But it’s also the one least likely to blow a newcomer’s mind. As bold and stylistically diverse an album as it is, it’s one of the least interesting of Prince’s major albums, and the least representative of his aesthetic. It’s his least eccentric major album, its most meticulously produced, and the most in line with the “rock” ideal — perhaps a reason why the guitar-obsessed Rolling Stone staffers praised it and continue to praise it so much more highly than anything else in the man’s oeuvre.

If you took out the vocals and the awesomely detuned synth, there wouldn’t be much in “Let’s Go Crazy” to signify it as a Prince song. The production is too meticulous, too arena-rock to really be representative of the eccentricity that makes Prince so endlessly fascinating. “Purple Rain” suffers from the opposite problem. There are a million slow-burning ballads like it, and that plaintive Linn drum is the only thing really tying it to his aesthetic.

This is Prince working in a pop setting. It is worth remembering Purple Rain is first and foremost the soundtrack to a film, and much like the Beatles’ film albums, it’s an artist being as creative as possible within the medium of a stocking-stuffer item designed chiefly to promote another work of art and make some extra cash from it. Prince is one of those artists who usually scores hits on his own terms, who makes no compromises but just happens to make audacious music that people really like. Here, it’s the other way around — the desire to make something people will like is the box in which Prince’s creativity freely bounces around.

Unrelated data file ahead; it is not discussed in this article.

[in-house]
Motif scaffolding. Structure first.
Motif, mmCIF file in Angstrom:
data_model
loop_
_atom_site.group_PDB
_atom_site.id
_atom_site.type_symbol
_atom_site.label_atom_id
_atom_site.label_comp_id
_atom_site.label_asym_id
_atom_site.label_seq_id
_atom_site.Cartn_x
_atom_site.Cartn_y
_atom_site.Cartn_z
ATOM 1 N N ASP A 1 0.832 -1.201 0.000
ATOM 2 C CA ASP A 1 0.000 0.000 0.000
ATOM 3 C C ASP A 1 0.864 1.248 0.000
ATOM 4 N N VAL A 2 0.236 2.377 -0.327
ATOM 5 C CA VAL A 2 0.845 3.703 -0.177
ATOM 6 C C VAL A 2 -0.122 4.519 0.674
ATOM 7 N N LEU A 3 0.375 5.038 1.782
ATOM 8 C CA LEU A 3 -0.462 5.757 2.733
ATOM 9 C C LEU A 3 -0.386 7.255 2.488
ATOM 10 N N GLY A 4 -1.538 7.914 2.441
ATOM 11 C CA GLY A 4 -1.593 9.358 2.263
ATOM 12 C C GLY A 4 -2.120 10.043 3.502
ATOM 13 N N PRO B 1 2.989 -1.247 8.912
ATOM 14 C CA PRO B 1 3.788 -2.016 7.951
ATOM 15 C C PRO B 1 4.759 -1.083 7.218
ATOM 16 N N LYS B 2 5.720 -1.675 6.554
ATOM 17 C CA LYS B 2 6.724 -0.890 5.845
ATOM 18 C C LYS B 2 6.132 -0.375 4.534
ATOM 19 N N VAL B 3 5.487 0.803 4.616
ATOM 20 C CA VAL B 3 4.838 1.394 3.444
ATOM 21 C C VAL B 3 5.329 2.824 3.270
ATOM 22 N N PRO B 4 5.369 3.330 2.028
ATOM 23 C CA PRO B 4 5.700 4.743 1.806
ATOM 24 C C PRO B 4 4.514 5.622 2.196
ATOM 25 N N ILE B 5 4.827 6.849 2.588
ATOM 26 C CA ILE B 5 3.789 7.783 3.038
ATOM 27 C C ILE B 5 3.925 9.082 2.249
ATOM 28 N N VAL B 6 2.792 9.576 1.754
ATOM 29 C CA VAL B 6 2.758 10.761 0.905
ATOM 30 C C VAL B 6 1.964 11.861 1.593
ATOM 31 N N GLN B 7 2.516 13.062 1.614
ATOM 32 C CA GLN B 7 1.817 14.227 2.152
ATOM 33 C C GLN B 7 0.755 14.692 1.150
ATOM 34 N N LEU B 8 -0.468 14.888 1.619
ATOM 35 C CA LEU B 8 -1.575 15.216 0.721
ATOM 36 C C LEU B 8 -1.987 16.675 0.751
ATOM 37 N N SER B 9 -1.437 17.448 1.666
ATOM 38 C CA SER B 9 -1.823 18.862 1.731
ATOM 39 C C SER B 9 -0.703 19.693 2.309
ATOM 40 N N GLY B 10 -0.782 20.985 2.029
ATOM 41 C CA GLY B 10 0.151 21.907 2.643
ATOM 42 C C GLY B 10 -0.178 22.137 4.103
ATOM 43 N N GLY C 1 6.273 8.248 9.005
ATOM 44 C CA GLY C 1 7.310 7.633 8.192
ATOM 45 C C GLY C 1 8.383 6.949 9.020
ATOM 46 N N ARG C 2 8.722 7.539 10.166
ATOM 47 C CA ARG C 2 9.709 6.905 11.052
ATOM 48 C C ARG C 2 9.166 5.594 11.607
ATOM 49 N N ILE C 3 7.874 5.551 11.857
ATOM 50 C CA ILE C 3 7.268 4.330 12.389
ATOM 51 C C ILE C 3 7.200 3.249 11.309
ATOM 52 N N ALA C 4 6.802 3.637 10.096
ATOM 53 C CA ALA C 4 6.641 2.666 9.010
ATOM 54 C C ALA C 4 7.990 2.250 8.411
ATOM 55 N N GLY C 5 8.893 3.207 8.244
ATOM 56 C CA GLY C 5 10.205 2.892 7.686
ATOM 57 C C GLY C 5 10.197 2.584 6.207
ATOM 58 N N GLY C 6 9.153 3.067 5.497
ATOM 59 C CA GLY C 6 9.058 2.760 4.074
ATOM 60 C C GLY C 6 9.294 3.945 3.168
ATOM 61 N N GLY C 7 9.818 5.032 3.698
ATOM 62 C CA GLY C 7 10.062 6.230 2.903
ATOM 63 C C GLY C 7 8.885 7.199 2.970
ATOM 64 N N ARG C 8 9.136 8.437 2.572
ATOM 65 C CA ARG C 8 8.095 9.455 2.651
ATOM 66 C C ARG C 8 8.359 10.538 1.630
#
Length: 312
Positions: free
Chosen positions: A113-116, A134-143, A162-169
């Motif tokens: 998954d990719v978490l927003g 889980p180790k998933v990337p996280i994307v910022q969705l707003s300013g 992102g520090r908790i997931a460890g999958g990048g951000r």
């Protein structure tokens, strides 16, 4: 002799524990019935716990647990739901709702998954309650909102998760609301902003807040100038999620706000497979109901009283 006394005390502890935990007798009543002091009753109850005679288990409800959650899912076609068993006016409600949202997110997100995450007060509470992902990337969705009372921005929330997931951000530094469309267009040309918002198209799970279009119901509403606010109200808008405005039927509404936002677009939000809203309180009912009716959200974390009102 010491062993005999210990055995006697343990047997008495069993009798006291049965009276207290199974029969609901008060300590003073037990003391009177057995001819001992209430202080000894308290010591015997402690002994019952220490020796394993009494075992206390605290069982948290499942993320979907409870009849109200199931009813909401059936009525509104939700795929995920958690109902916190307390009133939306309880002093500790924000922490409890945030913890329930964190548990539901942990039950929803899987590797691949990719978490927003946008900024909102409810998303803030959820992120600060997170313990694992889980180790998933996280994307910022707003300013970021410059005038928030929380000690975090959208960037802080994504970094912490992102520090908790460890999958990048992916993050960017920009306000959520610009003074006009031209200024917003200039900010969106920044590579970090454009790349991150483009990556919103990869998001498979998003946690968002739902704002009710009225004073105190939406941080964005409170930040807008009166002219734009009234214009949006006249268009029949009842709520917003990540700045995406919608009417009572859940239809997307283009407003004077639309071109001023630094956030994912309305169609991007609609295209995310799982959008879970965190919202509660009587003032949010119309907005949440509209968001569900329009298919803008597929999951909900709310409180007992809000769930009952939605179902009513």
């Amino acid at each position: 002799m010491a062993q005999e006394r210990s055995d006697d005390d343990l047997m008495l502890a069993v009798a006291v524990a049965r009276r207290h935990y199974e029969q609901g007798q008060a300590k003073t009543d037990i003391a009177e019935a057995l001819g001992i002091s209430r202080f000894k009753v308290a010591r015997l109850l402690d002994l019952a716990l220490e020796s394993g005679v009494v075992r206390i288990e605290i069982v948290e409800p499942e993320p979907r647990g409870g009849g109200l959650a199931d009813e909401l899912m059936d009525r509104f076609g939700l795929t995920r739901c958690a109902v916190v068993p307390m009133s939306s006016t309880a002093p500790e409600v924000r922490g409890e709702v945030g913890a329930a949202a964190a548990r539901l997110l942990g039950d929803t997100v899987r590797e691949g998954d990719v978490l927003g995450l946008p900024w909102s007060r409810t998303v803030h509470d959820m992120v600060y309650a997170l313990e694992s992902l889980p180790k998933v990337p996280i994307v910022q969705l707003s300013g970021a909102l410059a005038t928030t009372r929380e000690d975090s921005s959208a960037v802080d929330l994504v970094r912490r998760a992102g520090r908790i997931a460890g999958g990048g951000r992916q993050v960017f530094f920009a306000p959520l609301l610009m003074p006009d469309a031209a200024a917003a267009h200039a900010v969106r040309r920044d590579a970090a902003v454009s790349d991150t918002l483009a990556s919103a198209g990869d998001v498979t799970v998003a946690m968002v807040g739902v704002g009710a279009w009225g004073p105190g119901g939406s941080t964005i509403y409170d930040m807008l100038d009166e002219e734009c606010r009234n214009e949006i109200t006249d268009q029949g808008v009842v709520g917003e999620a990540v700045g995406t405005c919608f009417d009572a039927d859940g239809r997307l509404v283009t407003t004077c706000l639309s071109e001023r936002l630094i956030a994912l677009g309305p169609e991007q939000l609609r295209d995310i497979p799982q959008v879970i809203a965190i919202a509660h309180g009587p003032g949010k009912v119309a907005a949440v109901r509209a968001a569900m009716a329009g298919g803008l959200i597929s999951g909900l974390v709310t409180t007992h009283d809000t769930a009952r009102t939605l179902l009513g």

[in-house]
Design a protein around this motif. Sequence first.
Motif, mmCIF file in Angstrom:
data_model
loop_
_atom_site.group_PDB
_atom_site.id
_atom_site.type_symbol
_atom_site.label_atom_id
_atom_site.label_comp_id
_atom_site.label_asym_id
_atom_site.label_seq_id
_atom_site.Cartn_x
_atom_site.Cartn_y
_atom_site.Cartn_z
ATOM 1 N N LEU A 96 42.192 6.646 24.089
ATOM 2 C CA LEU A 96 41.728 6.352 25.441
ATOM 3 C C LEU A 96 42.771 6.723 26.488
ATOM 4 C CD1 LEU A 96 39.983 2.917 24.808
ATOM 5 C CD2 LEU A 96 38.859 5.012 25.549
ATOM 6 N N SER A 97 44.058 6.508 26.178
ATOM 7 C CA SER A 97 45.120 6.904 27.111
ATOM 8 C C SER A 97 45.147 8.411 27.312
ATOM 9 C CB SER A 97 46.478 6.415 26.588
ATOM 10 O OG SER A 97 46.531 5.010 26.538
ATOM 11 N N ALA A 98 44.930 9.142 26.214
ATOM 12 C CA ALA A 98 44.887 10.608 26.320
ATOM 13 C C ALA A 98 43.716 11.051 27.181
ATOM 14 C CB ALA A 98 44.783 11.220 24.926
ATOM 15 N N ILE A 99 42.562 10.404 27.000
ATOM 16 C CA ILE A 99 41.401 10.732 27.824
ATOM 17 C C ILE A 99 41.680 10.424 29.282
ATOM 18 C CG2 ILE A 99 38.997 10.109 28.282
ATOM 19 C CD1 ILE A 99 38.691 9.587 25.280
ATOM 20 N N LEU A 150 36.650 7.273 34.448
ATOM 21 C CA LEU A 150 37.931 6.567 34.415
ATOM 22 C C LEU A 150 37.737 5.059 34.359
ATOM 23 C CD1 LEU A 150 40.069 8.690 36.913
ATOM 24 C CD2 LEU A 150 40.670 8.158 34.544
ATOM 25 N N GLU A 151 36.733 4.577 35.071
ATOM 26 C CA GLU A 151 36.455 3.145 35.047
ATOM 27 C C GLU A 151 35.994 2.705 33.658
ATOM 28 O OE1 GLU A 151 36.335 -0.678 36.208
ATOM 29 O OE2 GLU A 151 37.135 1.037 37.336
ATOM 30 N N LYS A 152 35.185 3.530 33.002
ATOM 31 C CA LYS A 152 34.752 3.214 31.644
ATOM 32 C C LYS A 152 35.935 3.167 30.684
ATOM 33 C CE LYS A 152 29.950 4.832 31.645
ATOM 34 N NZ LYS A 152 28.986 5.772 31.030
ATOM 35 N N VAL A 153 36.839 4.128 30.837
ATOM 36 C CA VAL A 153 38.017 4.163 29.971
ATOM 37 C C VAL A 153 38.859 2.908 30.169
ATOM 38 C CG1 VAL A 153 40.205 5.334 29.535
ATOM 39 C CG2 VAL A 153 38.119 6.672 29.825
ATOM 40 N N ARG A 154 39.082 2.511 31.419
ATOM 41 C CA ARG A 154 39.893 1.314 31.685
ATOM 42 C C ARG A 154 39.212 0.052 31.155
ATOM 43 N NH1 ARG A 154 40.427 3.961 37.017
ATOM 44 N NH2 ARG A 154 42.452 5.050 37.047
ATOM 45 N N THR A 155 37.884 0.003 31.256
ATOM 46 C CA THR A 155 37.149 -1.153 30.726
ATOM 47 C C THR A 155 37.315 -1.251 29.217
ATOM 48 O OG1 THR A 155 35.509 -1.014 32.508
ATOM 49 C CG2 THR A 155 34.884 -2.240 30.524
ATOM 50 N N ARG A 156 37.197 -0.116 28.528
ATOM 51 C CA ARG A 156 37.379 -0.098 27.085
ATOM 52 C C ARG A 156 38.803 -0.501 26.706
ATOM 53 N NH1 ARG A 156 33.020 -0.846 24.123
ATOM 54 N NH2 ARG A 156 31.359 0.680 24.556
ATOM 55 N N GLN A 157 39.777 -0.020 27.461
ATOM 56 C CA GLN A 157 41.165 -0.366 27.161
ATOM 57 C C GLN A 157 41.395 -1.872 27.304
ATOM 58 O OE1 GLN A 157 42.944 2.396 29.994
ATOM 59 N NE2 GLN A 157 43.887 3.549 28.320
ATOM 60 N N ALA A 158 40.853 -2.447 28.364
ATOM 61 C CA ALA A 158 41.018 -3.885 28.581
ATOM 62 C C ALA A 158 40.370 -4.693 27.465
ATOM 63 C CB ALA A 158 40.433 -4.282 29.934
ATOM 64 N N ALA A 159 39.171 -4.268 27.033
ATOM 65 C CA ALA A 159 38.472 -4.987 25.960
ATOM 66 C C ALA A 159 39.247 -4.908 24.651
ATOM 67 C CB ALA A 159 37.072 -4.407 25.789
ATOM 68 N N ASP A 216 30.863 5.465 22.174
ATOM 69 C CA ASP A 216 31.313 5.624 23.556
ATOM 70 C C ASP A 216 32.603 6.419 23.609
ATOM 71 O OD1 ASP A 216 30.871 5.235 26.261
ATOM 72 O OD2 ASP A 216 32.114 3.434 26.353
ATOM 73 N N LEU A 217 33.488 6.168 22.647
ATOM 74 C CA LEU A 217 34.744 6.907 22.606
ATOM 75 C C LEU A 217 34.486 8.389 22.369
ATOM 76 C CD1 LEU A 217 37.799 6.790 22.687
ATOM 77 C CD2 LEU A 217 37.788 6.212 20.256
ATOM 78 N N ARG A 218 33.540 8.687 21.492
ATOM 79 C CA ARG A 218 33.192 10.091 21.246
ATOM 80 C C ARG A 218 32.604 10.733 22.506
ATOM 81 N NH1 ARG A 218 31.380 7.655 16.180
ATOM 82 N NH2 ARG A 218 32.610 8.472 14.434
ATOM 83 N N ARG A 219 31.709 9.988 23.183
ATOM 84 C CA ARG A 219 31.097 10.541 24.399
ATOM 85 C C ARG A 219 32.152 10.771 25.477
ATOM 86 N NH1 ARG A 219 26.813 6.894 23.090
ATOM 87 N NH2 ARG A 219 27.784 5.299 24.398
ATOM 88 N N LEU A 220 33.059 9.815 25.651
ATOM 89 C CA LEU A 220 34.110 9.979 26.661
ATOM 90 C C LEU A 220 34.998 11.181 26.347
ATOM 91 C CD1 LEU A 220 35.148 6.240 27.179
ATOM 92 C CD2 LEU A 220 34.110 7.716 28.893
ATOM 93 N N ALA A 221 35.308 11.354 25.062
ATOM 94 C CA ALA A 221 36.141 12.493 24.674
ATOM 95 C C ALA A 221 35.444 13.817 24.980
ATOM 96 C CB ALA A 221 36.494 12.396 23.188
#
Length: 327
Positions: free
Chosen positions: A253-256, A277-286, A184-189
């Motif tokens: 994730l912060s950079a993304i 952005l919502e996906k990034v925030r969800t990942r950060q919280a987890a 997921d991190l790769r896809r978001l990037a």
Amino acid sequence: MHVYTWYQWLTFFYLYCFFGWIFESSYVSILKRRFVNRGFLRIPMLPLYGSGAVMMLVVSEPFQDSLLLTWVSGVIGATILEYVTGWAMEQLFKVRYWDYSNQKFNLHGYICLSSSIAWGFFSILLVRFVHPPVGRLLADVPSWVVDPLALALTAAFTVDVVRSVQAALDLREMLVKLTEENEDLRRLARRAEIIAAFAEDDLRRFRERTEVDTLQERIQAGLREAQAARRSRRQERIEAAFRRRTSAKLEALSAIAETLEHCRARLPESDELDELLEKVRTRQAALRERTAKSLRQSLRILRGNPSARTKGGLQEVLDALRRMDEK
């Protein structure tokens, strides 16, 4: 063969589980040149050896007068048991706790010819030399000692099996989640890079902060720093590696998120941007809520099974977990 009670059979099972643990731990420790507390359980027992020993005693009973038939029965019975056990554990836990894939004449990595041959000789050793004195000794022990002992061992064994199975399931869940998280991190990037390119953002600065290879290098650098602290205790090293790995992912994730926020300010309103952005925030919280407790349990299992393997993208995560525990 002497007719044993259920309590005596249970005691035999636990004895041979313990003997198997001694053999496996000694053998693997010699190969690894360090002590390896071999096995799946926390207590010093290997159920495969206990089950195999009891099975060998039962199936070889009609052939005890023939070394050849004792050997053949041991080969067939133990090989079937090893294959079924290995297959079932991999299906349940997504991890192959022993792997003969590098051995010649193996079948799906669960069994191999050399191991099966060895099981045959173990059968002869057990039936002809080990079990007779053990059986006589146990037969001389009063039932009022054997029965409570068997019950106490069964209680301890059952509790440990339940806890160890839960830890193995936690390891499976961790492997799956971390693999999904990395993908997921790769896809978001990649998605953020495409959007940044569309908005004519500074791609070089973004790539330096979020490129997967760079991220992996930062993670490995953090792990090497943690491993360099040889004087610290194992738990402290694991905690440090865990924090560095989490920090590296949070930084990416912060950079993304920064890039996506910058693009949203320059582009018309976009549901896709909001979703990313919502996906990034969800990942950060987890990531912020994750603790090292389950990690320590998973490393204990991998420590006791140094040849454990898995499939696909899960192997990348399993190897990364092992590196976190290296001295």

It is perhaps for this reason that “Take Me With U” is the most effective song here. Prince’s co-star Apollonia guests on this song; her vocals fit so well into the song that her presence merges with that of Prince until it’s unclear whose song it really is. Prince takes into account all the hallmarks of a great lovebird duet — playfulness, chemistry, and above all else, romance. This song isn’t explicitly sexual, but it’s incredibly sensual. Both vocal performances are bursting with excitement beneath the functional cool required of pop vocals, and by the time they reach the ecstatic bridge (“I don’t care if we spend the night in your mansion”), they’re barely able to control themselves.  It’s brilliant.

Yesterday was the 30th anniversary of Purple Rain, and in mentioning this, most news outlets have inevitably mentioned the massive amount of praise this album has received. As such, people who have not previously heard Prince will be drawn to that album. But as undeniably fantastic as it is, I’d maintain that Purple Rain is not the album most likely to convince a newcomer of Prince’s genius — Sign O’ The Times is more eclectic, 1999 more diverse, Dirty Mind more did-he-just-say-that sexual, The Black Album more bizarre. If you know Prince first and foremost as that skinny pop star with the high voice and need convincing of his genius, any of those albums would work better.

Which is not to say you should overlook Purple Rain by any means. Though I would argue it’s not his most essential work, it’s the album that does the best job of proving he’s capable of just about anything.


[Ed. note: Prince makes it notoriously difficult to find his music online, so here’s a recent interview instead. But really, if you don’t own a Prince album by now, there are worse things you could spend money on.]